“Milk”: Setting the Tone for Arnold’s Body of Work to Come

With gritty, reckless realism, Andrea Arnold’s first short film “Milk” paints a portrait of a woman’s physical and emotional response to having a miscarriage. The resulting aftermath may be uncommon and uncanny, but the emotional backing behind Hetty’s actions are richly supported.

Lynda Steadman as Hetty in “Milk”, 1998

Far too many planned pregnancies end in a miscarriage. It is a common, yet often undiscussed, experience that is often felt in shadow and shame. Socially and scientifically speaking, women were often blamed for this event — as if this was something they could willingly control, manipulate, or plan. Here, our protagonist Hetty; however, is not on a quest for her infamy, or to hide in her sorrows, either. Hetty heals in her own way.

In “Milk”, Arnold holds nothing back in showcasing an untraditional, but painfully accurate depiction of a woman in a firm state of “well fuck it.” You do everything right (luscious red duvet covers, candles, healthy, passionate love), then successfully conceive, carry for months… and still, something goes wrong. No matter how hard you try, and how hard you plan, life has a way of curving out of your control. So, Hetty does just that. She let’s it get out of control.

Lynda Steadman as Hetty in “Milk”, 1998

Hetty’s odyssey into the enthusiastically audacious begins when she asks a stranger for a cigarette, her first in months. She savors it, and then… savors the stranger. They go on a wild adventure together.

The resulting acts of sexual aggression are both shocking and justified. Hetty’s loneliness is apparent through her eagerness to converse and connect with a man she doesn’t know, nor needs to. The sharp, intense sexual acts that follow are not the result of passion or deep acquaintance between the two strangers, but a response to the compounding commotion that lies inside Hetty— an increasing friction that needs released. In addition to the weighty emotions that lie within her interior, there is a biological mass that dwells inside her as well — one that is dripping and draining from her breasts and staining her blouse. Milk.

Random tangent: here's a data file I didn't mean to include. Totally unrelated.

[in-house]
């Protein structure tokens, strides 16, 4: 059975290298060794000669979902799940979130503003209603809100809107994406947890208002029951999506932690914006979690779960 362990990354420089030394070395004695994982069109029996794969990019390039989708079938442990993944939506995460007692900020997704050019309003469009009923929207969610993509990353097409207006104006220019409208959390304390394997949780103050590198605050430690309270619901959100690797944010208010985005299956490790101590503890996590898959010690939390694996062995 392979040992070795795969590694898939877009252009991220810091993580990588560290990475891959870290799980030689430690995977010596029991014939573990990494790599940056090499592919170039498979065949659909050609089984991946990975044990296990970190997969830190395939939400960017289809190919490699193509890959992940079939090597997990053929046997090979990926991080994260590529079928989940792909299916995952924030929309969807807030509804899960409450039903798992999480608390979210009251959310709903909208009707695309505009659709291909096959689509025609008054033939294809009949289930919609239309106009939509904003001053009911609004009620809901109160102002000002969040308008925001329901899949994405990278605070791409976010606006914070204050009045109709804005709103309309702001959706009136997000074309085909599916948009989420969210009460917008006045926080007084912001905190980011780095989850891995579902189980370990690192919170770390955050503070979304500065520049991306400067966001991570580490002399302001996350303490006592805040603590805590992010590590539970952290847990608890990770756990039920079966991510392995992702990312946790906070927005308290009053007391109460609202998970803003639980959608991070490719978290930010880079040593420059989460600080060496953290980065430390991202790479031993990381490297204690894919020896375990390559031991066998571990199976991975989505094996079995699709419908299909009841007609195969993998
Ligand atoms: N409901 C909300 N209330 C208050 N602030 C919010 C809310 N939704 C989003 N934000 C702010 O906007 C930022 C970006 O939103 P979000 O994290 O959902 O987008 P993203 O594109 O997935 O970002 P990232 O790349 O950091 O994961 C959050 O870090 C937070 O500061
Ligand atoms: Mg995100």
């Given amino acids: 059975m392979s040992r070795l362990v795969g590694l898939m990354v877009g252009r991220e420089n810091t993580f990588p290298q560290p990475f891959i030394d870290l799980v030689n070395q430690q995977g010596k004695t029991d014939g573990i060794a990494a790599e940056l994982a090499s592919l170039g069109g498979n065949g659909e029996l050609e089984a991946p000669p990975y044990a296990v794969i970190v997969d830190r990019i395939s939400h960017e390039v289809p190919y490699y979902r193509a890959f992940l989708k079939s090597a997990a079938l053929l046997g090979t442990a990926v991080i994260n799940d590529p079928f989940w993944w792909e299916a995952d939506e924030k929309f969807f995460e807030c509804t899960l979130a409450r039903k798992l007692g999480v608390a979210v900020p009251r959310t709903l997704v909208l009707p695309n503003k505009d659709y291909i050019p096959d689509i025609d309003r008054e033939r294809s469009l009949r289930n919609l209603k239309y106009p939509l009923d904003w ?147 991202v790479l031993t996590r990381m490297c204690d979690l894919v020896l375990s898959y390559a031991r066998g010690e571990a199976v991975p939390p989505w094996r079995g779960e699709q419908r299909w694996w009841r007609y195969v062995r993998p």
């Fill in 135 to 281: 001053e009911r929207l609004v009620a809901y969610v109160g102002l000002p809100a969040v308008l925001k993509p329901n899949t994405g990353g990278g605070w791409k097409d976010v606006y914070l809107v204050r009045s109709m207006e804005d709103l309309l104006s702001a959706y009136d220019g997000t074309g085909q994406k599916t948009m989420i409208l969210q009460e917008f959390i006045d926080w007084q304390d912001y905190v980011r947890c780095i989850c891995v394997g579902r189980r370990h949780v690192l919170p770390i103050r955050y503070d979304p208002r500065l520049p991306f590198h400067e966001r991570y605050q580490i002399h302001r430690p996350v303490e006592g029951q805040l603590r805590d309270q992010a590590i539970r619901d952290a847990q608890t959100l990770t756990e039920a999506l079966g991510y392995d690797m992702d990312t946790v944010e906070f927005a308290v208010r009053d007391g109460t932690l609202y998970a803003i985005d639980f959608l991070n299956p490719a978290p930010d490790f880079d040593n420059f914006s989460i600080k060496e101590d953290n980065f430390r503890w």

Lynda Steadman as Hetty in “Milk”, 1998

Arnold’s confidence in revealing the everyday details of being a woman, and firm abandonment of the expectedly ‘femme’ way of responding to a miscarriage, is both exciting and necessary. While many films centered on female-issues are often A. non-existent, they are also B. shown through a veil of sweet, dainty, well mannered behaviors that are iconically ‘female.’ This short film rebukes all of that, driving its message and intentions with boldness.

Arnold has a beautiful way of making ‘wretched’, stereotypically unacceptable, stigmatized women humanized, understood, and relatable. This is why we make movies and, for many of us, this is why we watch them: to expand our sense of empathy and understanding for how others live and connect with each other. “Milk” hides nothing, and reveals a response most women are not bold enough to commit to.

Despite holding the longing and desire to rebel, express, and release the heavy emotions we carry as women, many of us often submit to the silence, suppression, and social politeness — never speaking our true thoughts and emotions. Staring at the barometer of men to measure our responses. And then the reason why is…. we don’t even realize we’re being ruled by a subterranean social code. A series of rules that live below us. However; Hetty is not ruled by those expectations, Hetty simply exists and responds to the world around her. As we all should.

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A fiercely femme retrospective survey of cinema for a new audience. Yeah, it’s good, but what’s the takeaway?

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Nina's Film Notes

Nina's Film Notes

A fiercely femme retrospective survey of cinema for a new audience. Yeah, it’s good, but what’s the takeaway?

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